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Regular version of the site
Bachelor 2019/2020

Macroeconomics

Type: Compulsory course (Economics)
Area of studies: Economics
When: 3 year, 1, 2 module
Mode of studies: Full time
Language: English
ECTS credits: 8

Course Syllabus

Abstract

Macroeconomics is the study of economic growth and business cycles. It aims to explain observed aggregate time series for economic variables like GDP, consumption, investment, prices and wages, and the rate of unemployment. In the short run an economy experiences nominal rigidities (sticky prices and wages) and expectational errors (prices that are different from what was expected). Rigidities and expectations make nominal aggregate demand, which could fluctuate because of some shock, affect real economic activity such as output and unemployment. Therefore, it is necessary to engage in aggregate demand management in order to stabilize the economy. In the long run, economy’s output is a function of productive capacity (capital and labor inputs) as well as of economic structure (tax, education, and pension system, regulatory regime, tax structure, etc.) What policies could be used to encourage accumulation of productive factors in the long run is an important question that we will study in the course.
Learning Objectives

Learning Objectives

  • We will dive into the world of macroeconomic data and the economic blogosphere, which debates current events.
  • We will attempt to look at it from a macroeconomist’s point of view and evaluate different economic policies enacted around the world.
  • We will study such stabilization policies (fiscal and monetary) and the most efficient ways of performing them. The global financial and economic crisis of 2008–2011 and slow recovery from it is a topic that will concern us throughout the course.
  • study such stabilization policies (fiscal and monetary) and the most efficient ways of performing them
  • objective of macroeconomics is to explain the determinants of economic growth and development in the long run.
Expected Learning Outcomes

Expected Learning Outcomes

  • Understand building blocks of the AS/AD model, in closed and open economy versions. Macroeconomics is the study of economic growth and business cycles. It aims to explain observed aggregate time series for economic variables like GDP, consumption, investment, prices and wages, and the rate of unemployment. Another major objective of macroeconomics is to explain the determinants of economic growth and development in the long run.
  • Understand the principles guiding Central Bank’s monetary policy
  • Understand the propagation mechanism of the shocks hitting the economy
  • Understand the effects of foreign capital and goods markets on the propagation mechanism
  • Understand the reason for short-run stabilization policy being welfare- improving
  • Know main forms of stabilization policies (fiscal and monetary), and be able to describe their effects graphically, in closed and open economy versions.
  • Understand the main driving forces of the economy in the long run: Factor accumulation, R&D, demography. Solow model, Romer model. Know main properties of the labor market functioning.
  • Understand interaction of inflation and fiscal policy in the long run.
  • Understand the main mechanisms operating in the economy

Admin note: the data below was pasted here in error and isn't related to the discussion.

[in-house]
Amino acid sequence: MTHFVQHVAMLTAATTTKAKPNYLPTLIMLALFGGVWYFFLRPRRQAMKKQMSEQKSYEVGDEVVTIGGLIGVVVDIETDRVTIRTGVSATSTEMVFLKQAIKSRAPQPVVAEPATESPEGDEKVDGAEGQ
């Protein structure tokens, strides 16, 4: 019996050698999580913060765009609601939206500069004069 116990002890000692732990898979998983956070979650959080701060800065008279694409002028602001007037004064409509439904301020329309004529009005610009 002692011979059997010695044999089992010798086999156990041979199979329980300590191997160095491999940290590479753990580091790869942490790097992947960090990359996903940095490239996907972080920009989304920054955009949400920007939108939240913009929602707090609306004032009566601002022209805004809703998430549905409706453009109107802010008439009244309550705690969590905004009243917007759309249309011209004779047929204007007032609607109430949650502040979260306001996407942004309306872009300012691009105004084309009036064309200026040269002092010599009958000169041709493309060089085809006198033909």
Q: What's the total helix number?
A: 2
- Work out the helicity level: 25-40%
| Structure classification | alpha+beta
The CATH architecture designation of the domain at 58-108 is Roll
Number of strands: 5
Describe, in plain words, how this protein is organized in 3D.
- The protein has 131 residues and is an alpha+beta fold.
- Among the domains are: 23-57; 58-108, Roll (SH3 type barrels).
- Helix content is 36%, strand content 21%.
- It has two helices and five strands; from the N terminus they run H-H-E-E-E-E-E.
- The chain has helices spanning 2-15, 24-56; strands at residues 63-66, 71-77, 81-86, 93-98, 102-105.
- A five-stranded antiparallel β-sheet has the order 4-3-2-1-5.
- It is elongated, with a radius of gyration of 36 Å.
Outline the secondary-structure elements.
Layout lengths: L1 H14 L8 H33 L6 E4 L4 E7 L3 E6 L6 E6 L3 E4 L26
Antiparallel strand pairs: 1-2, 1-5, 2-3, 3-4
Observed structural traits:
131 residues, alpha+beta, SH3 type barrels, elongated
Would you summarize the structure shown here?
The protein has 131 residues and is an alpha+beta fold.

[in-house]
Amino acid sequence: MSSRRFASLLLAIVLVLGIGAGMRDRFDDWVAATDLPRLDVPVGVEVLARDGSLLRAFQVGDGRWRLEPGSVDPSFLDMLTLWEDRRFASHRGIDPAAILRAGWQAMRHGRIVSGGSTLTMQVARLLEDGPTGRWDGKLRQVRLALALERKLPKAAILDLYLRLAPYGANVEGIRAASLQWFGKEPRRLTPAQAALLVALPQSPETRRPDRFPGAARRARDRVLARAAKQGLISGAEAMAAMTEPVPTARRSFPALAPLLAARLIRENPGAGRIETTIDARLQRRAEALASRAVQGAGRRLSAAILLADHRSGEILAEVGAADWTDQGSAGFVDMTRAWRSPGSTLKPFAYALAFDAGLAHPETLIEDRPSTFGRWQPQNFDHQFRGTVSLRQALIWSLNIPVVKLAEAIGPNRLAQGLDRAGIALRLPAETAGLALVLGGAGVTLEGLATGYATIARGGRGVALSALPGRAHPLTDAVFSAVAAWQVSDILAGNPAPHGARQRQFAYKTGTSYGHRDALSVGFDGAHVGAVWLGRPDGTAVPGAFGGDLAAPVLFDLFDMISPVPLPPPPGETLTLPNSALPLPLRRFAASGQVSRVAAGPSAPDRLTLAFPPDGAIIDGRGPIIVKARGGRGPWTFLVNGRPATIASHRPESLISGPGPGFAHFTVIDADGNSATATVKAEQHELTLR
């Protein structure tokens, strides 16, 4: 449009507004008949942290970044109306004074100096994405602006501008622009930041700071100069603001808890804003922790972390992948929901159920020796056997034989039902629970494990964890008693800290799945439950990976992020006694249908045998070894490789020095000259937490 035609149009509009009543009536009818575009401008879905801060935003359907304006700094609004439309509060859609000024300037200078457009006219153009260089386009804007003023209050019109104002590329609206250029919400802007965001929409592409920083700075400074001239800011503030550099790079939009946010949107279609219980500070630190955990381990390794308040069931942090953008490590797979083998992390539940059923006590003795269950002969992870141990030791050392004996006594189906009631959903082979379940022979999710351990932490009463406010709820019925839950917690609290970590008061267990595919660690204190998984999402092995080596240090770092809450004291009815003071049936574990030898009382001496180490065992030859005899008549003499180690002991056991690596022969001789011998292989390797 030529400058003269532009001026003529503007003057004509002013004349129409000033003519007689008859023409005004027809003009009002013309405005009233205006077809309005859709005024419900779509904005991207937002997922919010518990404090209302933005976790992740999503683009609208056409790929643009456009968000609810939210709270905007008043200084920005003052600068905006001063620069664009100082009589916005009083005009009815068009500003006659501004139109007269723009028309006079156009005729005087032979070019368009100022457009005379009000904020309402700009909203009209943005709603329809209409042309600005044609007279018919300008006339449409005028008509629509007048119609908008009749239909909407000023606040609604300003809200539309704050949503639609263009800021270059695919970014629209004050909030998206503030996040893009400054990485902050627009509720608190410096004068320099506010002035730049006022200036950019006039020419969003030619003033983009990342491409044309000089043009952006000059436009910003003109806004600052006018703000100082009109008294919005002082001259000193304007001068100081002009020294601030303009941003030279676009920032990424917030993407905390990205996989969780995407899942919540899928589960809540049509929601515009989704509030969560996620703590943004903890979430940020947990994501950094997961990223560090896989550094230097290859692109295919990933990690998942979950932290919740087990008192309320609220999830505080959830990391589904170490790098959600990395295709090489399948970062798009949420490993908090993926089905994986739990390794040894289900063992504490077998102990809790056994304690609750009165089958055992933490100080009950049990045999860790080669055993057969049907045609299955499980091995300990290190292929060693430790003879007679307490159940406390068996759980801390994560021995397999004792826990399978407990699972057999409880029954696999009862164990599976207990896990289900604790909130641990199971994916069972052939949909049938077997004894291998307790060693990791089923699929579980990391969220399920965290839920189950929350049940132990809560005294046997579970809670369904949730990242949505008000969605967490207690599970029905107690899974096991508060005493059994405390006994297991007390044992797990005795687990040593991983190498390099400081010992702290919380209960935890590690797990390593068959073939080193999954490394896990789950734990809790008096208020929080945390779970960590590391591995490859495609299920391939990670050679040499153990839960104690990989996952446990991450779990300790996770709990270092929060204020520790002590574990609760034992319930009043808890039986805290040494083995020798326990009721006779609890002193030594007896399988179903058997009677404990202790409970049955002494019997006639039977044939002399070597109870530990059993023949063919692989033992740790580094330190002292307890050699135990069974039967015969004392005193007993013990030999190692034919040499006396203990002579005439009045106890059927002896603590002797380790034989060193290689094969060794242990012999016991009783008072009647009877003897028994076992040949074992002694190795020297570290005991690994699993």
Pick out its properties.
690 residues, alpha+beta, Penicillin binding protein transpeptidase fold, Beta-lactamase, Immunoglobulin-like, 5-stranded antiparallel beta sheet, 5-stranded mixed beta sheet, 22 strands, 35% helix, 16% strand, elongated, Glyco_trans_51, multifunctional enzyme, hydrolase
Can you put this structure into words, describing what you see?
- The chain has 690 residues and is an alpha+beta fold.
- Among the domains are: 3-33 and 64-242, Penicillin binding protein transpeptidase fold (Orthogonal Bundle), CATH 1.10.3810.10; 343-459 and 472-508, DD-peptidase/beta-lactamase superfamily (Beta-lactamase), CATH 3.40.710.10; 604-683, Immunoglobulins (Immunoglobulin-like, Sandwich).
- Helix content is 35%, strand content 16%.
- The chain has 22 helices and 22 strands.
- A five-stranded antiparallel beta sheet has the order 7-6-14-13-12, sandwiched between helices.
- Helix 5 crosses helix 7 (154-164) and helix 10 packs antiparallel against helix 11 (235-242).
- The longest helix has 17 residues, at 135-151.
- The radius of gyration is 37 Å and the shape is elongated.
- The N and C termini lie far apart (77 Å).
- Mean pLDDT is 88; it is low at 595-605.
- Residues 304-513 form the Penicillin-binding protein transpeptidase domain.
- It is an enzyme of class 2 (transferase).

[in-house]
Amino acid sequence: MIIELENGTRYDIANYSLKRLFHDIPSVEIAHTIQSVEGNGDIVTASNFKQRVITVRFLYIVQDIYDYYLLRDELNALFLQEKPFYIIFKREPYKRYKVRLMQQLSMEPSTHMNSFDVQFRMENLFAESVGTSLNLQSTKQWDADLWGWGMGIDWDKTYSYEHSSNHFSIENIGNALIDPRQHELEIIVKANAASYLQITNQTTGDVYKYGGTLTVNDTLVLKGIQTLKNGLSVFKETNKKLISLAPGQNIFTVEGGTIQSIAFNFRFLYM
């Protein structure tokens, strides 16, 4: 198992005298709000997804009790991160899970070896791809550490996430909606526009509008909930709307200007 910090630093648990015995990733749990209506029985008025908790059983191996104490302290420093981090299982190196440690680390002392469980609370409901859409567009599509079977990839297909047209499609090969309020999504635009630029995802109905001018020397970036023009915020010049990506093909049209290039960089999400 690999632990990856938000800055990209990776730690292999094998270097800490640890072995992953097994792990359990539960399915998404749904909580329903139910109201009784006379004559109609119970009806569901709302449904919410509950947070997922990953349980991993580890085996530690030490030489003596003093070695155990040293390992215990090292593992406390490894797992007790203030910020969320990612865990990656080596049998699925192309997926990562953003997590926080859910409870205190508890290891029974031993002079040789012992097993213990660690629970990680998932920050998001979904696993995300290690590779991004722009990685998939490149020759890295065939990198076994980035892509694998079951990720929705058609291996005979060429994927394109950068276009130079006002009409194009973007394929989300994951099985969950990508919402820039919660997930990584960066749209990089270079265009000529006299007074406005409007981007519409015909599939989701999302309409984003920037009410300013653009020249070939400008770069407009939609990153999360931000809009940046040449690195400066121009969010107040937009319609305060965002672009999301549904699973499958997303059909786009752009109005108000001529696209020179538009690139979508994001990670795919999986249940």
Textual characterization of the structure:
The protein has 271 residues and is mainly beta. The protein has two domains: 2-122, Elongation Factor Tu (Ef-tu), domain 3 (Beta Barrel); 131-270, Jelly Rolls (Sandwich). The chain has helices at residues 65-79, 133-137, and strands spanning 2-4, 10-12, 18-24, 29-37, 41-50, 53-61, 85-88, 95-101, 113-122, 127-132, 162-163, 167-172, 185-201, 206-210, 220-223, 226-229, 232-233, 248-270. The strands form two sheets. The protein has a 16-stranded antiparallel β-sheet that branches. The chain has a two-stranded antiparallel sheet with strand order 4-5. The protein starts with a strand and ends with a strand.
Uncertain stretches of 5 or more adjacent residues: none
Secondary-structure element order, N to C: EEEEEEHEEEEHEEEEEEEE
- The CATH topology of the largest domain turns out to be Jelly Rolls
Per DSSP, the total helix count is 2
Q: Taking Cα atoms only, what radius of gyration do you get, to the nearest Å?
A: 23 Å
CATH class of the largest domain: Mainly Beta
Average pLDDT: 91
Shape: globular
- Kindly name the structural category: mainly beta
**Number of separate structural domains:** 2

• Know the basic building blocks of short-run macroeconomic theory
  • Be able to describe the process of the economy’s adjustment towards equilibrium after a shock
  • Have an understanding of the monetary policy conducted under Taylor Rule
  • Be able to derive consumption and investment functions in simple settings, as well as understand the concept of the optimal monetary policy
  • Understand the need for stabilization policy, and the methods it is conducted by the government (fiscal policy) and the Central Bank (monetary policy)
Course Contents

Course Contents

  • National Income Accounting. Stylized Facts of the Macroeconomy. Growth Rate and Interest Rate Measurement.
  • Factor accumulation in the long run: Solow model
  • Ideas and technologies: Romer model, quality improvement models.Phillips Curve and Monetary Policy
  • Unemployment and Labor Market
  • IS curve
  • AD Curve
  • Stabilization Policy in the AS/AD framework
  • International macroeconomics and the Euro
  • Exchange rates, international financial system, and currency crises; Monetary policy in Open Economies
  • Great Recession and Financial Frictions
  • Introduction to DSGE Models
Assessment Elements

Assessment Elements

  • non-blocking in-class test 1
  • non-blocking in-class test 2
  • non-blocking in-class test 3
  • non-blocking class participation
  • non-blocking exam
Interim Assessment

Interim Assessment

  • Interim assessment (2 module)
    0.1 * class participation + 0.6 * exam + 0.1 * in-class test 1 + 0.1 * in-class test 2 + 0.1 * in-class test 3
Bibliography

Bibliography

Recommended Core Bibliography

  • Bénassy, J.-P. (2011). Macroeconomic Theory. New York: Oxford University Press. Retrieved from http://search.ebscohost.com/login.aspx?direct=true&site=eds-live&db=edsebk&AN=2092514
  • Volker Böhm. (2017). Macroeconomic Theory. Springer. Retrieved from http://search.ebscohost.com/login.aspx?direct=true&site=eds-live&db=edsrep&AN=edsrep.b.spr.sptbec.978.3.319.60149.6

Recommended Additional Bibliography

  • Farrokh K. Langdana. (2016). Macroeconomic Policy. Springer. Retrieved from http://search.ebscohost.com/login.aspx?direct=true&site=eds-live&db=edsrep&AN=edsrep.b.spr.sptbec.978.3.319.32854.6